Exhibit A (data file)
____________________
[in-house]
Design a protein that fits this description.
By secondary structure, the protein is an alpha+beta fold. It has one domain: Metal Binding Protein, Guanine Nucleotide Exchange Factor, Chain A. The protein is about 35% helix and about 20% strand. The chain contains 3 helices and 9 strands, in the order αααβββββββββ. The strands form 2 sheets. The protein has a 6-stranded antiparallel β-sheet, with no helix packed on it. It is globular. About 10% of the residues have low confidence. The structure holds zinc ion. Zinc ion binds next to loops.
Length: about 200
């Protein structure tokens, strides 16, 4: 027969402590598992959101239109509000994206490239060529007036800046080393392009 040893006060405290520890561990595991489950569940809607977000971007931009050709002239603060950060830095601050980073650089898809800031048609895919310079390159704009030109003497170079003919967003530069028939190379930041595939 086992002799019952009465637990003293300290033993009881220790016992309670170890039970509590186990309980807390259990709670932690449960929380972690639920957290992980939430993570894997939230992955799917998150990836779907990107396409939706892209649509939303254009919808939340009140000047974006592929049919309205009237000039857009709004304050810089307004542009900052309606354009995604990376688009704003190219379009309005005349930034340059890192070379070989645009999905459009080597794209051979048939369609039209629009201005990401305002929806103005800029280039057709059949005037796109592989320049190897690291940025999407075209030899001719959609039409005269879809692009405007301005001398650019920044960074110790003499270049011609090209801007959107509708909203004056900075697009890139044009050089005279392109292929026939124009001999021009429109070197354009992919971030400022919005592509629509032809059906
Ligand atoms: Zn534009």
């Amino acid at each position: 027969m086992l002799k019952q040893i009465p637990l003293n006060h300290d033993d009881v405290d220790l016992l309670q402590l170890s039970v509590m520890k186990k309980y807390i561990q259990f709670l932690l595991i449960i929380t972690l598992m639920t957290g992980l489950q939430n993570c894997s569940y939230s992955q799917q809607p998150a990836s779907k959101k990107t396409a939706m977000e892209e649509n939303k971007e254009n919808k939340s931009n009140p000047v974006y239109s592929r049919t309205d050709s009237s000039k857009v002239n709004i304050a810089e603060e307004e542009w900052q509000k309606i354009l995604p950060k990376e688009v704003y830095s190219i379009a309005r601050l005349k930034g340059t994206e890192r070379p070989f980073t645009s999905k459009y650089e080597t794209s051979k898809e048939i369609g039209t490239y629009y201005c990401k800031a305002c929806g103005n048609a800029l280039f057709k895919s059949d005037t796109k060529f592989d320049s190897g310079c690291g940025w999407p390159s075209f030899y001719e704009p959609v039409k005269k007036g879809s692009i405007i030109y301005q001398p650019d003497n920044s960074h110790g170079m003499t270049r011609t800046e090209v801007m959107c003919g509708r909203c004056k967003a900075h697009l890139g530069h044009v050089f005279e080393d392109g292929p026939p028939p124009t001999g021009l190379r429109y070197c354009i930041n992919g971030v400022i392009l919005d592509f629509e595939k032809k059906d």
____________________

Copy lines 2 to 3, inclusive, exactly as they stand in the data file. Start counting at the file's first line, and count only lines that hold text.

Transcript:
Design a protein that fits this description.
By secondary structure, the protein is an alpha+beta fold. It has one domain: Metal Binding Protein, Guanine Nucleotide Exchange Factor, Chain A. The protein is about 35% helix and about 20% strand. The chain contains 3 helices and 9 strands, in the order αααβββββββββ. The strands form 2 sheets. The protein has a 6-stranded antiparallel β-sheet, with no helix packed on it. It is globular. About 10% of the residues have low confidence. The structure holds zinc ion. Zinc ion binds next to loops.